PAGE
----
This is Part 4 of a Multi-Blog Series. You can read the previous posts here.
The biblical idea of the “gospel” is more than simply the individual salvation of men and women. Rather, the gospel impacts everything, including our work. This more robust idea of the gospel can be seen through a four-chapter biblical narrative: (1) Creation, (2) Fall, (3) Redemption, and (4) Fulfillment.
Chapter 1: Creation
In the first chapter of Genesis, the writer recounts the six days of creation. According to this Book of Beginnings, God created all things very good. When God originally placed Adam and Eve in the Garden, he ordered them, “Be fruitful and multiply and fill the earth and subdue it, and have dominion over the fish of the sea and over the birds of the heavens and over every living thing that moves on the earth” (Genesis 1:28). God had also delegated to Adam the task of naming the animals (Genesis 2:19). With these tasks, God gave meaningful work to the first humans. Theirs was creative work because they were made in the image of God, who is Himself the ultimate Creator. Therefore, meaningful work for Adam, Eve, and their descendants through the millennia was an integral part of God’s intention and design for the human race and flowed naturally out of His own creative work. Jesus confirmed that “work” was good when He rebuked the Jews with these words, “My Father is working until now, and I am working” (John 5:17).
Chapter 2: The Fall
When Adam and Eve partook the forbidden fruit, sin entered the world. Not only did their disobedience sever their fellowship with God and get them booted from the Garden, but all aspects of God’s created order also suffered the Fall’s deadly effects. Although God designed us for work, the Fall profoundly impacted the difficulty by which we get our daily sustenance. Rather than fruit for the taking, we battle thorns and thistles. There’s a lot of sweat in the daily grind. Human work was profoundly affected by the Fall.
Chapter 3: Redemption
One day early in Jesus’ earthly ministry, he unrolled the scroll of Isaiah and read the prophetic words that outlined his ministry of redemption. Jesus quoted that he came to proclaim good news to the poor, liberty to the captives, and recovery of sight for the blind. He also read that He came to set at liberty those who are oppressed, and to proclaim the year of the Lord’s favor (Luke 4:18).
Paul the Apostle’s view of redemption explained in Colossians led him back to Christ’s lordship over all creation. And moreover, someday “all things” will be reconciled to God through Christ the Coming King. Jesus’ sacrifice on Calvary set in motion the potential for all things to be made new again. Indeed, Jesus came “to seek and to save that which is lost”. But He was about more than sin management. The gospel that Christ proclaimed is cosmic in scope. A primary purpose of Jesus’ work on the cross was the salvation of people. But He also came to resurrect thriving cities and neighborhoods. This view of the gospel reframes our responsibilities. No longer is our gospel narrowly defined as getting people into heaven, but redemption impacts our calling for the here and now. Not only are people to be redeemed, but all creation is on God’s heart. This means that we are called to play a role in the redemption of art, ethics, conscience, family and marriage, health, history, work, leisure, imagination, ecology, academics, worship, language, relationships, and more – for God created all and He desires that all creation again more fully reflect who He is.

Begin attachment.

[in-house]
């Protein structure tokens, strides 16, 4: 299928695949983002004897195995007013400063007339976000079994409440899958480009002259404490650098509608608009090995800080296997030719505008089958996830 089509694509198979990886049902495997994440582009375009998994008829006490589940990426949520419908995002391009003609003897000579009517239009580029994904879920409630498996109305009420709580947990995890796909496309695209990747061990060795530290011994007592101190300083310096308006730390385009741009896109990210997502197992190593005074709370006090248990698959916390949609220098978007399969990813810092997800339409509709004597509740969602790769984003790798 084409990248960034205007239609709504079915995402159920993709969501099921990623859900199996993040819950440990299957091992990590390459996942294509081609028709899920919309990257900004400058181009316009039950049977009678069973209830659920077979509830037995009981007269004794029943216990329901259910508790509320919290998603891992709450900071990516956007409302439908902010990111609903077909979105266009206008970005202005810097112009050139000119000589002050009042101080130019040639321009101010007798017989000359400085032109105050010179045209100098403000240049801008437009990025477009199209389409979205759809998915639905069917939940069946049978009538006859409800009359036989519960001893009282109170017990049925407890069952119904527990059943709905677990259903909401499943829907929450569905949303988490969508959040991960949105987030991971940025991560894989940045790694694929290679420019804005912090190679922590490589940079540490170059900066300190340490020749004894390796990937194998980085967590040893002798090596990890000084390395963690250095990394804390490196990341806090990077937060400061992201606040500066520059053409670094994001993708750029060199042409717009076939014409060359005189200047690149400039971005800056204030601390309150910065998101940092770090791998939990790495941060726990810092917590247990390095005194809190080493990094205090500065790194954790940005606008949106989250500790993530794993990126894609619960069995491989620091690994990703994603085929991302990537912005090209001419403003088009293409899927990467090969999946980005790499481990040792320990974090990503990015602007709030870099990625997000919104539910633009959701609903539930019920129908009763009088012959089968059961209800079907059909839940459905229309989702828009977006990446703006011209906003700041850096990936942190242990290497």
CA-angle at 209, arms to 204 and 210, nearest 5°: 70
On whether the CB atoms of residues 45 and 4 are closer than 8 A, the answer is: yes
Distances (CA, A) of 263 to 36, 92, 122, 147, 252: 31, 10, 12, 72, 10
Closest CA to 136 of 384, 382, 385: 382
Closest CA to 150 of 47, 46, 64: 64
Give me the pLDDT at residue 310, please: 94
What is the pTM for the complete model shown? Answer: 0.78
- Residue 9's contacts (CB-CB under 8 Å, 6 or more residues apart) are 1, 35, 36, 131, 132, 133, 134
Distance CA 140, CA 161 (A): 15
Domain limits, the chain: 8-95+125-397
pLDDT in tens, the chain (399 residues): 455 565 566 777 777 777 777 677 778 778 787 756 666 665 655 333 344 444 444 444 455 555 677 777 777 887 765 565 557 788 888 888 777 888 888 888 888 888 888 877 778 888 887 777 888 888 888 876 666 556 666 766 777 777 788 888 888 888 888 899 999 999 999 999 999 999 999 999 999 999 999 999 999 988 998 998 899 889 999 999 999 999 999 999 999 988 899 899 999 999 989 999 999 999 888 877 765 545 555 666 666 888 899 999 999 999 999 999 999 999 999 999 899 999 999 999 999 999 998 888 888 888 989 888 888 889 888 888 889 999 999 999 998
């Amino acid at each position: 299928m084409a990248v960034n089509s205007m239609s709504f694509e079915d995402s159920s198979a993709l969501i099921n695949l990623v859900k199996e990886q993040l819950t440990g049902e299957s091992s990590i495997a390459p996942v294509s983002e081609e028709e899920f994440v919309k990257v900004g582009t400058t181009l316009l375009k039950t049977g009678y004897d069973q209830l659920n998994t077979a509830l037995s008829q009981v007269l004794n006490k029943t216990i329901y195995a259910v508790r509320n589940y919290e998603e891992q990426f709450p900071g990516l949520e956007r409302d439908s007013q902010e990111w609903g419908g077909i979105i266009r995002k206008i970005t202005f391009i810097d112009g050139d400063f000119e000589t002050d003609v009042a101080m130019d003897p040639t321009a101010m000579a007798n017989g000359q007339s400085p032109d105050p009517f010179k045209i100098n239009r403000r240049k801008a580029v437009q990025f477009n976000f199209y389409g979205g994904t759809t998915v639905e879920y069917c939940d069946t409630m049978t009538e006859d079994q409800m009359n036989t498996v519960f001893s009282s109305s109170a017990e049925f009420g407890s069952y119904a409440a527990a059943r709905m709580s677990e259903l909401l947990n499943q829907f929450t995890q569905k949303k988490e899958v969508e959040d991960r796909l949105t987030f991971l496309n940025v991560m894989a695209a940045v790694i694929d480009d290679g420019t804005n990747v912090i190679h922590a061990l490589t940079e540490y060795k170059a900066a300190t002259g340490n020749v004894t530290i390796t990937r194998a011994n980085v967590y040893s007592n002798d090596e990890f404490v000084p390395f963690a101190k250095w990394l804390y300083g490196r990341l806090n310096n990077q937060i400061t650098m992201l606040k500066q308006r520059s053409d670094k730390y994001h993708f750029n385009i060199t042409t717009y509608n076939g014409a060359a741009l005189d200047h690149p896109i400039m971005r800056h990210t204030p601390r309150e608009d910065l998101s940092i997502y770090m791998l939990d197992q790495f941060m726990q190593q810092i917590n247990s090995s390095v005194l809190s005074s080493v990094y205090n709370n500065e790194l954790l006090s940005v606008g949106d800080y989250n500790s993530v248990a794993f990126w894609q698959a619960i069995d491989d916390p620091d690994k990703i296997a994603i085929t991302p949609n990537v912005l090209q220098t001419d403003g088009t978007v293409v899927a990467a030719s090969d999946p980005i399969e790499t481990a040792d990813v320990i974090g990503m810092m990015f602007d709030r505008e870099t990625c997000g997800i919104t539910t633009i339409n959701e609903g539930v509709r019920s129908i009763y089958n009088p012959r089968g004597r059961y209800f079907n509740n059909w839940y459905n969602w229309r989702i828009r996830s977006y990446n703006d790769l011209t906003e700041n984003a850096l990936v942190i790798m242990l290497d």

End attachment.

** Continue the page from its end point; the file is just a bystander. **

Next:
“For the creation was subjected to futility, not willingly, but because of him who subjected it, in hope that the creation itself will be set free from its bondage to corruption and obtain the freedom of the glory of the children of God. For we know that the whole creation has been groaning together in the pains of childbirth until now” (Romans 8:2-22).
The practical implications of this principle are legion. This view of the gospel implies that sexuality should not be avoided by Christ’s ambassadors of reconciliation, but sanctified. Emotions should not be repressed, but purified. Medicine should not deal only with the physical world, but be transformed to become life giving. Politics should not be declared off-limits, but reformed. Art ought not to be pronounced worldly, but claimed for Christ. Relational conflict should not be forfeited to those in power, but redeemed by Jesus’ reconciling agents. And the workplace must not be despised as a necessary evil, but engaged to conform again to God-honoring excellence. Jesus’ work of redemption made possible for all creation to be what it can be once again.
Chapter 4: Fulfillment
In chapter one, God created everything as it was intended to be. Chapter two is a sad story of the Fall that impacted all things with results that we still experience to the present day. In chapter three, Jesus came to reconcile creation – “all things in heaven and on earth” – so that all things can be what they once were. Finally, chapter four is a future vision of how all creation will someday be.
John’s Revelation describes, “a new heaven and a new earth, for the first heaven and first earth had passed away” (Rev. 21:1). God’s unfolding drama that began in a Garden will end in a City in a new garden. Death shall be no more. There will be no more mourning, or crying, or pain. God’s created order will return once more to its intended state.
With this four-chapter approach to the gospel, every follower of Christ can contribute powerfully to the purposes of God in his or her work. Armed with a perspective that God is reconciling all things to Himself, ambassadors of reconciliation spread throughout the workplace play a dramatic role in this unfolding drama.